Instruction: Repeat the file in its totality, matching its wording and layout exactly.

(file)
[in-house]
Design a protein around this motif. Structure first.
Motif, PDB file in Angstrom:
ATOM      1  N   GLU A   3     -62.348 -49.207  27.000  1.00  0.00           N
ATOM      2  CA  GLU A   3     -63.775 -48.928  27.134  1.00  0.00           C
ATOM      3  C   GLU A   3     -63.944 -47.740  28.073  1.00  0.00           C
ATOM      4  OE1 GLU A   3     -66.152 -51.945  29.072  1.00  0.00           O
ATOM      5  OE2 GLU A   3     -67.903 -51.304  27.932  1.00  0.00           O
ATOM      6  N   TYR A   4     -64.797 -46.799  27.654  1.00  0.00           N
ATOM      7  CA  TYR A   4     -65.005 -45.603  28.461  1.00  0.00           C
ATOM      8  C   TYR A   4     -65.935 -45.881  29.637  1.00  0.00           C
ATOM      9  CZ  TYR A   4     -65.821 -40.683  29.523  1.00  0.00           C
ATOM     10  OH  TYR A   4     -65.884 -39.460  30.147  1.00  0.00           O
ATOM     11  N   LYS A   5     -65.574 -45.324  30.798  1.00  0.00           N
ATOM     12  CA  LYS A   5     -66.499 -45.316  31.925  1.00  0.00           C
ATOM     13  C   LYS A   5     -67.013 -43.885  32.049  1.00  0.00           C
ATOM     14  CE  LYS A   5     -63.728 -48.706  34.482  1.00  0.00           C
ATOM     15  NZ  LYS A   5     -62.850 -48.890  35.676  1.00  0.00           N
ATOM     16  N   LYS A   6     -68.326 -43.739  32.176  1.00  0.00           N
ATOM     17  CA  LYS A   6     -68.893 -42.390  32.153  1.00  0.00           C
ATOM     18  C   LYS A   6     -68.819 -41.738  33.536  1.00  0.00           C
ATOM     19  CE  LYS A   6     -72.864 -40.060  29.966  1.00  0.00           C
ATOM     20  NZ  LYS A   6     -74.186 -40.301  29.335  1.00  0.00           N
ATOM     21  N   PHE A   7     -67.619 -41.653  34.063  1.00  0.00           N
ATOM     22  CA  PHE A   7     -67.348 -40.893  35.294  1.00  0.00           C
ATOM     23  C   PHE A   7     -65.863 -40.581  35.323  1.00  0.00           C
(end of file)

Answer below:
[in-house]
Design a protein around this motif. Structure first.
Motif, PDB file in Angstrom:
ATOM      1  N   GLU A   3     -62.348 -49.207  27.000  1.00  0.00           N
ATOM      2  CA  GLU A   3     -63.775 -48.928  27.134  1.00  0.00           C
ATOM      3  C   GLU A   3     -63.944 -47.740  28.073  1.00  0.00           C
ATOM      4  OE1 GLU A   3     -66.152 -51.945  29.072  1.00  0.00           O
ATOM      5  OE2 GLU A   3     -67.903 -51.304  27.932  1.00  0.00           O
ATOM      6  N   TYR A   4     -64.797 -46.799  27.654  1.00  0.00           N
ATOM      7  CA  TYR A   4     -65.005 -45.603  28.461  1.00  0.00           C
ATOM      8  C   TYR A   4     -65.935 -45.881  29.637  1.00  0.00           C
ATOM      9  CZ  TYR A   4     -65.821 -40.683  29.523  1.00  0.00           C
ATOM     10  OH  TYR A   4     -65.884 -39.460  30.147  1.00  0.00           O
ATOM     11  N   LYS A   5     -65.574 -45.324  30.798  1.00  0.00           N
ATOM     12  CA  LYS A   5     -66.499 -45.316  31.925  1.00  0.00           C
ATOM     13  C   LYS A   5     -67.013 -43.885  32.049  1.00  0.00           C
ATOM     14  CE  LYS A   5     -63.728 -48.706  34.482  1.00  0.00           C
ATOM     15  NZ  LYS A   5     -62.850 -48.890  35.676  1.00  0.00           N
ATOM     16  N   LYS A   6     -68.326 -43.739  32.176  1.00  0.00           N
ATOM     17  CA  LYS A   6     -68.893 -42.390  32.153  1.00  0.00           C
ATOM     18  C   LYS A   6     -68.819 -41.738  33.536  1.00  0.00           C
ATOM     19  CE  LYS A   6     -72.864 -40.060  29.966  1.00  0.00           C
ATOM     20  NZ  LYS A   6     -74.186 -40.301  29.335  1.00  0.00           N
ATOM     21  N   PHE A   7     -67.619 -41.653  34.063  1.00  0.00           N
ATOM     22  CA  PHE A   7     -67.348 -40.893  35.294  1.00  0.00           C
ATOM     23  C   PHE A   7     -65.863 -40.581  35.323  1.00  0.00           C